First-time homebuyers tend to focus on two things: The price of the home they’re buying and the monthly payment. And it’s entirely understandable. Affordability is key when you’re buying your first place—or any place, for that matter. And it’s especially relevant considering rising home prices across the country.

But there’s something else to consider: The future value of the home. Equity growth is likely something you’ve at least thought about if you’re in the market for a home. After all, the idea of paying someone else’s mortgage payment interminably instead of building equity in your own place has probably been driving you crazy. But let’s dive in a little further.

Appreciation in a nutshell

“Appreciation, or the rising of home prices over time, is how the majority of wealth is built in real estate,” said Forbes. “This is the ‘home run’ you hear of when people make a large windfall of money. While prices fluctuate, over the long run real estate values have always gone up, always, and there is no reason to think that is going to change.”

That makes real estate one of the more stable long-term investments. A paper from economists at University of California-Davis, University of Bonn, and the Deutsche Bundesbank (the central bank of Germany) culled together “the annual returns of treasury bills, treasury bonds, equities, and residential housing from 1870 to 2015 for 16 now-rich countries such as the US, Germany, and Japan” to study the effects of different forms of investments. They found that, “in the average wealthy country, the annual return on housing during that period was just over 7% when adjusted for inflation, while the return on equities was just under 7%,” said Quartz. “At the same time, the risk associated with housing was far lower. By standard measures of uncertainty, housing was about half as risky as equities, and slightly less risky than bonds.”

This is, obviously, important to those who are purchasing real estate for strictly investment purposes. But it’s also something to keep in mind when buying real estate for personal use.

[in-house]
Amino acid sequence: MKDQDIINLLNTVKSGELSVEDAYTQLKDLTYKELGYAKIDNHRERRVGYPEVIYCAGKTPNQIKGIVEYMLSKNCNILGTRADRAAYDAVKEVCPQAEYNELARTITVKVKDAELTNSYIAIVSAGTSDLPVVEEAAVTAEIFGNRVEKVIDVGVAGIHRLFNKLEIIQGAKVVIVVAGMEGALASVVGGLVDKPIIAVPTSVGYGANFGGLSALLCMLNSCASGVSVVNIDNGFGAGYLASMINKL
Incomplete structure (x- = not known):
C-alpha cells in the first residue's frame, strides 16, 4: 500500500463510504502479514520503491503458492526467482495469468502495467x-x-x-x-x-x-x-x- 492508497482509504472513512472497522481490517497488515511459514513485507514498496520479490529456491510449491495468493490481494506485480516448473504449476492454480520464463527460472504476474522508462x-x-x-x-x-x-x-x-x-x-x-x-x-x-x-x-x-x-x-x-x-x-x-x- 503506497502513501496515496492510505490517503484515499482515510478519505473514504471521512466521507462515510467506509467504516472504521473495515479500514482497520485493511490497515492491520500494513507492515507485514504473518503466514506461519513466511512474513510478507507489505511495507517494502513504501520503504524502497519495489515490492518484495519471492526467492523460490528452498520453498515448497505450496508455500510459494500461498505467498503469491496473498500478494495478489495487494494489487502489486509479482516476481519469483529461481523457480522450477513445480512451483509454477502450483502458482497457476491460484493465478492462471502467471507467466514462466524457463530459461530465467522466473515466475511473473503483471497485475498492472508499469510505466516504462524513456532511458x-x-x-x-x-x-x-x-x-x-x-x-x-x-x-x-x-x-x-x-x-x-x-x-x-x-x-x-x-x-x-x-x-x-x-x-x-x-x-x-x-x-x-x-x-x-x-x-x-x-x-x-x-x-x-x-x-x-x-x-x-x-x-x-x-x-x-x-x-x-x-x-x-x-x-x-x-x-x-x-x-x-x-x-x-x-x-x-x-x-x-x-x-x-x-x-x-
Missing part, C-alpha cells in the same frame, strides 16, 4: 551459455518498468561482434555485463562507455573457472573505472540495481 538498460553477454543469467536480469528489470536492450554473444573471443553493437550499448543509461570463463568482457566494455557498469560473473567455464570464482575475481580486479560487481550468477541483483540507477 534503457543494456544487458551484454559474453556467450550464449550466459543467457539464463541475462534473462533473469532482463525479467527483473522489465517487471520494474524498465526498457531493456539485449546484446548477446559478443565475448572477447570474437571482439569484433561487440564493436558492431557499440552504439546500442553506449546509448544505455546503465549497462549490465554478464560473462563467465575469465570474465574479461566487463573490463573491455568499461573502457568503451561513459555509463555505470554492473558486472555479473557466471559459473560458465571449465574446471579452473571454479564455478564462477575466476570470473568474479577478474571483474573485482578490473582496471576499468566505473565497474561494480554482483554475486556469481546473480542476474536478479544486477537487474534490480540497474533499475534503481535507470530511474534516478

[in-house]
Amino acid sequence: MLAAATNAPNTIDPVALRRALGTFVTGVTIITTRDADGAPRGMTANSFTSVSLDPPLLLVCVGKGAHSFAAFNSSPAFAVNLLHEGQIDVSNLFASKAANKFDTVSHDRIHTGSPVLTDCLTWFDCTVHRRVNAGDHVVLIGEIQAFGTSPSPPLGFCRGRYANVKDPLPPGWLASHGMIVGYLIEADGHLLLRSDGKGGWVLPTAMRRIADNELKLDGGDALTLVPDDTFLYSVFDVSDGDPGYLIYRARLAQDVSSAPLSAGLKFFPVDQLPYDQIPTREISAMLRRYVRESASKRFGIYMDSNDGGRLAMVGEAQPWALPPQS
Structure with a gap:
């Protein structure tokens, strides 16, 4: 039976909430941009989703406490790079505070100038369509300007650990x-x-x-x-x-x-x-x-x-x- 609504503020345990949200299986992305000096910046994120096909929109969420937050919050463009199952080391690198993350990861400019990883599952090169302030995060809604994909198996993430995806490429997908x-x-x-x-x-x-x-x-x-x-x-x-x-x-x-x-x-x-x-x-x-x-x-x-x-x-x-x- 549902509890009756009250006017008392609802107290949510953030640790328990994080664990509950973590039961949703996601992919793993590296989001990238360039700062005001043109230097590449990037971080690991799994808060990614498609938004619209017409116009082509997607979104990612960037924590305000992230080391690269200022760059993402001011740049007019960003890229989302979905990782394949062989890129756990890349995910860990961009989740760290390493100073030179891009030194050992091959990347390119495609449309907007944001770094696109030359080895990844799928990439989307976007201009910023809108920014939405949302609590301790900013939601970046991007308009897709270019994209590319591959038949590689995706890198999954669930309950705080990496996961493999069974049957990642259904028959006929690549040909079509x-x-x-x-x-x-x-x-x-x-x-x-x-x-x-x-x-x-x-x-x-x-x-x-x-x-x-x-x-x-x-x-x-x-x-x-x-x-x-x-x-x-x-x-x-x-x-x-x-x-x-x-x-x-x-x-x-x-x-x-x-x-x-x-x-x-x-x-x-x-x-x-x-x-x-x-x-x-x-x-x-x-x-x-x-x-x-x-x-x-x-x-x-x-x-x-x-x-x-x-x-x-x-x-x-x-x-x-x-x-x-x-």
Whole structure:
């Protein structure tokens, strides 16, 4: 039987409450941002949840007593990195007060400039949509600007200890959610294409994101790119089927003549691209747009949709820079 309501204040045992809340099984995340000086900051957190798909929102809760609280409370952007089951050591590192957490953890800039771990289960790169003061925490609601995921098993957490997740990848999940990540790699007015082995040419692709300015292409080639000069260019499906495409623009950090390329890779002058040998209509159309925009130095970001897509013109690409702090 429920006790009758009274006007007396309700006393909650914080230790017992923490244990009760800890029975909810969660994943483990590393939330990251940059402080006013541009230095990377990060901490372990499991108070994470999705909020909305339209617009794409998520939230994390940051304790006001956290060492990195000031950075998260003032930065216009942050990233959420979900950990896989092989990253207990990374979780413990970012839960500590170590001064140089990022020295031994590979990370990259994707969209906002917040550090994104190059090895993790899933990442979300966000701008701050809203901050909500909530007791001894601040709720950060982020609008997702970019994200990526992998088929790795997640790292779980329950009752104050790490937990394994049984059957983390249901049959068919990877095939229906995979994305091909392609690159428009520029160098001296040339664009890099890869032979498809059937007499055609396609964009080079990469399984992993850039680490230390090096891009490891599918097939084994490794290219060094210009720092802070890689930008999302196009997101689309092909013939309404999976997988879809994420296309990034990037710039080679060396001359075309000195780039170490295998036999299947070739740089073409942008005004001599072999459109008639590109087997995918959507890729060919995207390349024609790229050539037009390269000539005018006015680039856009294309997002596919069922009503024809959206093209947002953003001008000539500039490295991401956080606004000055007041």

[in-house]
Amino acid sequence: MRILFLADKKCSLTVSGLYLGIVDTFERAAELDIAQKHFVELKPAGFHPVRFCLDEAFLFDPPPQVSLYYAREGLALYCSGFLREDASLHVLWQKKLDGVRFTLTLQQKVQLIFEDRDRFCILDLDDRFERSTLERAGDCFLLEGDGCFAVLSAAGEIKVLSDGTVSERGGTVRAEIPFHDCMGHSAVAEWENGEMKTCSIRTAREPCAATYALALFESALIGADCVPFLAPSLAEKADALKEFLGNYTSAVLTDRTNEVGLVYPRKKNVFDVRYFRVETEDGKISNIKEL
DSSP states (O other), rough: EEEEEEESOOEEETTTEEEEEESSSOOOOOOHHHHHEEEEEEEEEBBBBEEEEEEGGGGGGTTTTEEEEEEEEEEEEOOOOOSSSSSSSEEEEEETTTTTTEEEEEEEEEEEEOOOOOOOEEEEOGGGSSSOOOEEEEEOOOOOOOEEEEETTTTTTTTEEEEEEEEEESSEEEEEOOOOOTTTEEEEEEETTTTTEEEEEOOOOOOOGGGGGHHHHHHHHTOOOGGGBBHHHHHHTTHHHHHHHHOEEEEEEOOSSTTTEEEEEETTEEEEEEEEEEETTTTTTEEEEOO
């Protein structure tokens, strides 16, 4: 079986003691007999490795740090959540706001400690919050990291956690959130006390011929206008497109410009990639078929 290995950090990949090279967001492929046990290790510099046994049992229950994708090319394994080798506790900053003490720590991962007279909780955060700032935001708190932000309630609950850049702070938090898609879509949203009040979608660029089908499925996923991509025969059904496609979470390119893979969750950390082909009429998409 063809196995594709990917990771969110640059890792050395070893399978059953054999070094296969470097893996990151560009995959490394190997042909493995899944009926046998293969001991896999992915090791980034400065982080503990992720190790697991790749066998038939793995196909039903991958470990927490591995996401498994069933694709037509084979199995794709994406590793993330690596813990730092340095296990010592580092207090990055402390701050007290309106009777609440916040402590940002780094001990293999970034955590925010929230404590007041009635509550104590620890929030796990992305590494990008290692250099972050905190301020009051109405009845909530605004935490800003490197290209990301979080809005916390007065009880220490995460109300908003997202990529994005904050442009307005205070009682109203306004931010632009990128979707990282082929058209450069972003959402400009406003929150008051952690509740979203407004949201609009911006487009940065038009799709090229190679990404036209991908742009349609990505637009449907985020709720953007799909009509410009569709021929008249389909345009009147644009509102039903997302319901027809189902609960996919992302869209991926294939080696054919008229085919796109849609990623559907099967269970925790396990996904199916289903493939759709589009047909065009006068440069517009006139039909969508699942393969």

Proving financial security later

“Paying off a mortgage during your working years allows you to remove a large expense from your plate during retirement,” said Forbes. “For retirees that see a drop in income once they start taking Social Security or pulling from their retirement accounts, this can be the difference between living a comfortable life and living paycheck to paycheck.”

And while it may be hard to look forward several decades and even try to picture what retirement will look like, especially if you’re just starting out, the idea of long-term savings is attractive nonetheless.

“Forced savings”

Need a little help saving? A house is great that way. “For those who haven’t made a habit of putting money away, paying a mortgage can create a savings cushion that renting cannot,” said Forbes. “Owning a home does not guarantee a higher net worth, nor does it remove the need to be financially responsible, but it does provide a structure within which one can build wealth.”

Buying young

The earlier you buy, the more wealth you have the opportunity to create. “Of today’s older adults, those who bought their first home from ages 25 to 34 accumulated the most housing wealth by their 60s — a median of around $150,000, according to a report by the Urban Institute, a nonprofit research organization,” said app. “In contrast, the median housing wealth for those in their early 60s who bought later (ages 35 to 44), was about half as much, at $76,000. Homeowners who bought after they were 45 had about $44,000 in housing wealth by their 60s.” What you do today can absolutely affect your future financial picture.

This content is not the product of the National Association of REALTORS®, and may not reflect NAR's viewpoint or position on these topics and NAR does not verify the accuracy of the content.